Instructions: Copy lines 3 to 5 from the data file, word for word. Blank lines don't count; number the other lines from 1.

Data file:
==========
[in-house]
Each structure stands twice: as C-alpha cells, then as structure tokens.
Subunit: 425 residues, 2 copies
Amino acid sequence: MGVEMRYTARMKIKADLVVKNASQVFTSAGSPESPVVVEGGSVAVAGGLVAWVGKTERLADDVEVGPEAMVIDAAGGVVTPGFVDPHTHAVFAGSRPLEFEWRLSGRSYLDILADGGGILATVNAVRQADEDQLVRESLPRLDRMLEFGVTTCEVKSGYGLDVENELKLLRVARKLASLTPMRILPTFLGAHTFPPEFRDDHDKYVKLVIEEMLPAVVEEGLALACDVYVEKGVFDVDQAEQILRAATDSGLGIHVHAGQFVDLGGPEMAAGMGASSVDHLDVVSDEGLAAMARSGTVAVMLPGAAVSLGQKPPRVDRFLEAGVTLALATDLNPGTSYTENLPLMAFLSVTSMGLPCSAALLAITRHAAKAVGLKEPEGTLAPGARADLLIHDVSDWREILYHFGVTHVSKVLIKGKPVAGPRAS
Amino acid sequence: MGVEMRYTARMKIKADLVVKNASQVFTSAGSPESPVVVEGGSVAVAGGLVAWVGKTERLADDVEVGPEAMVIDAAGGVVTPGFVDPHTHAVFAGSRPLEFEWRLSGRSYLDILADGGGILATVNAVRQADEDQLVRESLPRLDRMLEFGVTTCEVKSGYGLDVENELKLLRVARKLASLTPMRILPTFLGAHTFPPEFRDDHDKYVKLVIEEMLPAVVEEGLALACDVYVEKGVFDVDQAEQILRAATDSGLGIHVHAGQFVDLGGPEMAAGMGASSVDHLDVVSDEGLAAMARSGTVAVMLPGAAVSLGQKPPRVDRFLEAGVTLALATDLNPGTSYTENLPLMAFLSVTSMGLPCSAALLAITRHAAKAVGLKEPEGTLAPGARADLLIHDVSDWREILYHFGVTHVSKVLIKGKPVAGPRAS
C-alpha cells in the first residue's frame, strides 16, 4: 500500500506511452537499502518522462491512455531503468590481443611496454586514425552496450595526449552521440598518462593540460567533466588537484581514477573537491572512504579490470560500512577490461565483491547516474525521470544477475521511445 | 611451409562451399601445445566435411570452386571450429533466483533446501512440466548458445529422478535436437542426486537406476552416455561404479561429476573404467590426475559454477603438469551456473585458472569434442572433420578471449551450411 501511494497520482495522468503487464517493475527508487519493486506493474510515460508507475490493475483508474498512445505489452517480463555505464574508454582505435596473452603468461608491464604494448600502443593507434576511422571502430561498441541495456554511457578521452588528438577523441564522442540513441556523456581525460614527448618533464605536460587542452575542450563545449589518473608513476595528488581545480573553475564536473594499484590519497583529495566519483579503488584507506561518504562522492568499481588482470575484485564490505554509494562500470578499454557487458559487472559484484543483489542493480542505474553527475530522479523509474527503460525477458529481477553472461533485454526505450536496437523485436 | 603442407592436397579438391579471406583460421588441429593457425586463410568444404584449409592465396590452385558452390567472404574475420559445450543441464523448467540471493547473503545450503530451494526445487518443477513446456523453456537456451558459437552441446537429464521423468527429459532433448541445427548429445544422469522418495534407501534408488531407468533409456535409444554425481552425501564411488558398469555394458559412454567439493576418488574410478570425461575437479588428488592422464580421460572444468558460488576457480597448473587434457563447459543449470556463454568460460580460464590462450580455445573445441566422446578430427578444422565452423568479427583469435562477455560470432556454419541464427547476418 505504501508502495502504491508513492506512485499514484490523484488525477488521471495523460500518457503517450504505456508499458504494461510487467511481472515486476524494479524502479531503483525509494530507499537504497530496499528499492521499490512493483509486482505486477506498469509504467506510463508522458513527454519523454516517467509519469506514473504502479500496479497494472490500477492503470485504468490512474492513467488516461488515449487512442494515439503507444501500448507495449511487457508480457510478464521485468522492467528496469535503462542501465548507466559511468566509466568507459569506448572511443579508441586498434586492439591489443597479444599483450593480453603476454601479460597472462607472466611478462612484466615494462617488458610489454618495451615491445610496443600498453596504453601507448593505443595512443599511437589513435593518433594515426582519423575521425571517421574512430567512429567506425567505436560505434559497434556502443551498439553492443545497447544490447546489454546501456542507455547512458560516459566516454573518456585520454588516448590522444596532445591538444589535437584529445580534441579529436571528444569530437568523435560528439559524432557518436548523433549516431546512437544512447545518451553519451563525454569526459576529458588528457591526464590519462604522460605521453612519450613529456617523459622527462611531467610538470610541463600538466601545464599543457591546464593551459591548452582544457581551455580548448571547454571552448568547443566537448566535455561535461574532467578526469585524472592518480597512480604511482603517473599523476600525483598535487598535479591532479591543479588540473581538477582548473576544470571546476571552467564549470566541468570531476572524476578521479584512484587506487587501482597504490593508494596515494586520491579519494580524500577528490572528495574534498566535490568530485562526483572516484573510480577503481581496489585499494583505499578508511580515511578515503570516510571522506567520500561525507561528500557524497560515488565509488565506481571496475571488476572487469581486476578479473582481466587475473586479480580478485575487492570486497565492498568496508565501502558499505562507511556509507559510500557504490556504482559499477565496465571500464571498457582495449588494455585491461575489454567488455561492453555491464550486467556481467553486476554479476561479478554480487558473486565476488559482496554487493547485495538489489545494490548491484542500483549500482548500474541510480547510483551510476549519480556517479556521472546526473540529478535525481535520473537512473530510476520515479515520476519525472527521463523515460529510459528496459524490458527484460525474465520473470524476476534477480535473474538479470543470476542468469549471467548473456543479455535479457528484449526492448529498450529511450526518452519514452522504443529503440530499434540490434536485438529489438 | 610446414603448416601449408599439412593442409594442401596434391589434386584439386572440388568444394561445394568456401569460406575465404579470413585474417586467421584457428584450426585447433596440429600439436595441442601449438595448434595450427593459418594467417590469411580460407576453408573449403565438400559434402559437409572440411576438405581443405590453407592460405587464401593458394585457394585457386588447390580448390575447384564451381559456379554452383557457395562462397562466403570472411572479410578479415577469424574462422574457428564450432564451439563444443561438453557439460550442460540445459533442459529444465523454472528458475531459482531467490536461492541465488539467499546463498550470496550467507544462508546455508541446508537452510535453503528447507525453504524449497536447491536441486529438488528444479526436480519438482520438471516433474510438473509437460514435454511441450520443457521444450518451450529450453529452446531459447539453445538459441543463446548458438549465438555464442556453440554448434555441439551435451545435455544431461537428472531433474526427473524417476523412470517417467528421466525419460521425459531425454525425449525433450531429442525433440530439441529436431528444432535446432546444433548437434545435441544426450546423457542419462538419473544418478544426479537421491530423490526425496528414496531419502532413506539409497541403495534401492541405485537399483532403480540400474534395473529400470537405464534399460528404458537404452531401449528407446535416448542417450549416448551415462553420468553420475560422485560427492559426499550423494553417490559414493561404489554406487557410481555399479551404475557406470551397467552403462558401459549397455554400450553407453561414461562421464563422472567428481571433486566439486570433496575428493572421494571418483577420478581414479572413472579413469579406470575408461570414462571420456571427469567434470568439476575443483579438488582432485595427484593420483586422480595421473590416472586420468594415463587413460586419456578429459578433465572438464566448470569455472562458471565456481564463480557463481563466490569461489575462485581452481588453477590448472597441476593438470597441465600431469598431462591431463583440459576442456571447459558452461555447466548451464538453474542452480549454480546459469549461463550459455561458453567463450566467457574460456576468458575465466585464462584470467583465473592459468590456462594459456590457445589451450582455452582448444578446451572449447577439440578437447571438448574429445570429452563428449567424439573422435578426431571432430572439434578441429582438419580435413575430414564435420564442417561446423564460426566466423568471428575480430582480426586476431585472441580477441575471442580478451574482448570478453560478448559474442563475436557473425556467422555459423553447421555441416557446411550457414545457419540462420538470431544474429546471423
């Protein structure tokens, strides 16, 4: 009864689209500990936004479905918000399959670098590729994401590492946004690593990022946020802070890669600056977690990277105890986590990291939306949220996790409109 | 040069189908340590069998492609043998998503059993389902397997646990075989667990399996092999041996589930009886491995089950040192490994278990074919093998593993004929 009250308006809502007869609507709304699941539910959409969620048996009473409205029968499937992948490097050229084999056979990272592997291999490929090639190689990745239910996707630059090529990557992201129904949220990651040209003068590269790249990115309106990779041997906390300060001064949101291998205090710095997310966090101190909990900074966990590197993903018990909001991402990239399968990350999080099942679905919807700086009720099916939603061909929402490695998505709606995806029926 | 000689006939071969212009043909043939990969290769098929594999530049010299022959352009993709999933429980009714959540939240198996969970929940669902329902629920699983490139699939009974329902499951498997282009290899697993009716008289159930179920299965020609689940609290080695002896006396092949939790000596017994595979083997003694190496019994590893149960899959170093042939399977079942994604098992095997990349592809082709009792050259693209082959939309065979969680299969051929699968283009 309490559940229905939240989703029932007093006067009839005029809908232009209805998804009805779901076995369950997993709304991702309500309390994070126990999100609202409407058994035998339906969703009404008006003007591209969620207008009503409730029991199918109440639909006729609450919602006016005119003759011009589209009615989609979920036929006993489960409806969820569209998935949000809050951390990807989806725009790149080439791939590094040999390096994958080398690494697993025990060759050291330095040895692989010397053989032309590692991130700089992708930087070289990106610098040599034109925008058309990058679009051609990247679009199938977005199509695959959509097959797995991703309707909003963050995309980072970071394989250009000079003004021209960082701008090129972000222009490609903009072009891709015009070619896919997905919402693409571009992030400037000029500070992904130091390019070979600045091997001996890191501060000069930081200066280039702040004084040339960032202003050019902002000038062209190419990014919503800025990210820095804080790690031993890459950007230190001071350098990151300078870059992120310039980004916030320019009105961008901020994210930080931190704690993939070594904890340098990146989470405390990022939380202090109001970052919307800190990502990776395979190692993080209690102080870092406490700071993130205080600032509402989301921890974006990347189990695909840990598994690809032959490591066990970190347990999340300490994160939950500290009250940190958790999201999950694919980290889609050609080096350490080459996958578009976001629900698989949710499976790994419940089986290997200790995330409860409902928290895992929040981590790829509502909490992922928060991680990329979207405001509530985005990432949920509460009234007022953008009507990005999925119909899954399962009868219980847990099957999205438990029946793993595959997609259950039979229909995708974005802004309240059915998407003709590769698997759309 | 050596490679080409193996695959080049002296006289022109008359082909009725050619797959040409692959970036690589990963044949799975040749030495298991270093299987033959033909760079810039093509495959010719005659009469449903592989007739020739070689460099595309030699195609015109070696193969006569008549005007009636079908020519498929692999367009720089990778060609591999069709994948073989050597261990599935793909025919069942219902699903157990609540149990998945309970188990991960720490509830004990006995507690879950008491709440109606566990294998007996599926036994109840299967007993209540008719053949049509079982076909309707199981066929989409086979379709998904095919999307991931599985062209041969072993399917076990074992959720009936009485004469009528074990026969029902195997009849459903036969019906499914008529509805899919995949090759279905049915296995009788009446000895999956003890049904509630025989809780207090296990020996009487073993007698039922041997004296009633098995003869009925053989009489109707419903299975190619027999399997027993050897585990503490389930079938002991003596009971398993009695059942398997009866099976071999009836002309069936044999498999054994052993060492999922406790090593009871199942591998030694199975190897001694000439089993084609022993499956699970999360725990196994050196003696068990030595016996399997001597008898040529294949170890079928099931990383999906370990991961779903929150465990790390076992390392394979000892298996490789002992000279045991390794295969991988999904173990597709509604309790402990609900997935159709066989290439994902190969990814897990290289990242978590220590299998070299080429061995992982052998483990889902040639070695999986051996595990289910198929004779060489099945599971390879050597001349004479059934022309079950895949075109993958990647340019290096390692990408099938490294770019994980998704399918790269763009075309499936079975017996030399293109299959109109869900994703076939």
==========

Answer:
Subunit: 425 residues, 2 copies
Amino acid sequence: MGVEMRYTARMKIKADLVVKNASQVFTSAGSPESPVVVEGGSVAVAGGLVAWVGKTERLADDVEVGPEAMVIDAAGGVVTPGFVDPHTHAVFAGSRPLEFEWRLSGRSYLDILADGGGILATVNAVRQADEDQLVRESLPRLDRMLEFGVTTCEVKSGYGLDVENELKLLRVARKLASLTPMRILPTFLGAHTFPPEFRDDHDKYVKLVIEEMLPAVVEEGLALACDVYVEKGVFDVDQAEQILRAATDSGLGIHVHAGQFVDLGGPEMAAGMGASSVDHLDVVSDEGLAAMARSGTVAVMLPGAAVSLGQKPPRVDRFLEAGVTLALATDLNPGTSYTENLPLMAFLSVTSMGLPCSAALLAITRHAAKAVGLKEPEGTLAPGARADLLIHDVSDWREILYHFGVTHVSKVLIKGKPVAGPRAS
Amino acid sequence: MGVEMRYTARMKIKADLVVKNASQVFTSAGSPESPVVVEGGSVAVAGGLVAWVGKTERLADDVEVGPEAMVIDAAGGVVTPGFVDPHTHAVFAGSRPLEFEWRLSGRSYLDILADGGGILATVNAVRQADEDQLVRESLPRLDRMLEFGVTTCEVKSGYGLDVENELKLLRVARKLASLTPMRILPTFLGAHTFPPEFRDDHDKYVKLVIEEMLPAVVEEGLALACDVYVEKGVFDVDQAEQILRAATDSGLGIHVHAGQFVDLGGPEMAAGMGASSVDHLDVVSDEGLAAMARSGTVAVMLPGAAVSLGQKPPRVDRFLEAGVTLALATDLNPGTSYTENLPLMAFLSVTSMGLPCSAALLAITRHAAKAVGLKEPEGTLAPGARADLLIHDVSDWREILYHFGVTHVSKVLIKGKPVAGPRAS